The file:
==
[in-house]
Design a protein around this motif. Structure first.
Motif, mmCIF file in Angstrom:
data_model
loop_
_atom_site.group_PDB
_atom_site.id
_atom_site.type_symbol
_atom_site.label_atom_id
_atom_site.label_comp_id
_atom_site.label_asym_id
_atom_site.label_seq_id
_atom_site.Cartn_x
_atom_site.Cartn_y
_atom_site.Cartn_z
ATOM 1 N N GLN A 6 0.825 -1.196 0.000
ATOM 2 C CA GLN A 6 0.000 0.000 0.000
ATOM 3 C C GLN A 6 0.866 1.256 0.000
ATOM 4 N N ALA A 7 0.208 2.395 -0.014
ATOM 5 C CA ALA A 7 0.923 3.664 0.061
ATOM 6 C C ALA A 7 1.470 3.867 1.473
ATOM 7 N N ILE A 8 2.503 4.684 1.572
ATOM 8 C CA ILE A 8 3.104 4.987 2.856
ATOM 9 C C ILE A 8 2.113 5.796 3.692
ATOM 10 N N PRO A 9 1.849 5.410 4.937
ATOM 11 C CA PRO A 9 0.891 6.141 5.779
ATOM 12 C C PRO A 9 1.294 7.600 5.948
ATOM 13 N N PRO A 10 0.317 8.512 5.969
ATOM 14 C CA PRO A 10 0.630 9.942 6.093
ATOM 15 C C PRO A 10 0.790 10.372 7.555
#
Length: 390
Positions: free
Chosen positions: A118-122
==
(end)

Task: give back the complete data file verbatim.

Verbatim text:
[in-house]
Design a protein around this motif. Structure first.
Motif, mmCIF file in Angstrom:
data_model
loop_
_atom_site.group_PDB
_atom_site.id
_atom_site.type_symbol
_atom_site.label_atom_id
_atom_site.label_comp_id
_atom_site.label_asym_id
_atom_site.label_seq_id
_atom_site.Cartn_x
_atom_site.Cartn_y
_atom_site.Cartn_z
ATOM 1 N N GLN A 6 0.825 -1.196 0.000
ATOM 2 C CA GLN A 6 0.000 0.000 0.000
ATOM 3 C C GLN A 6 0.866 1.256 0.000
ATOM 4 N N ALA A 7 0.208 2.395 -0.014
ATOM 5 C CA ALA A 7 0.923 3.664 0.061
ATOM 6 C C ALA A 7 1.470 3.867 1.473
ATOM 7 N N ILE A 8 2.503 4.684 1.572
ATOM 8 C CA ILE A 8 3.104 4.987 2.856
ATOM 9 C C ILE A 8 2.113 5.796 3.692
ATOM 10 N N PRO A 9 1.849 5.410 4.937
ATOM 11 C CA PRO A 9 0.891 6.141 5.779
ATOM 12 C C PRO A 9 1.294 7.600 5.948
ATOM 13 N N PRO A 10 0.317 8.512 5.969
ATOM 14 C CA PRO A 10 0.630 9.942 6.093
ATOM 15 C C PRO A 10 0.790 10.372 7.555
#
Length: 390
Positions: free
Chosen positions: A118-122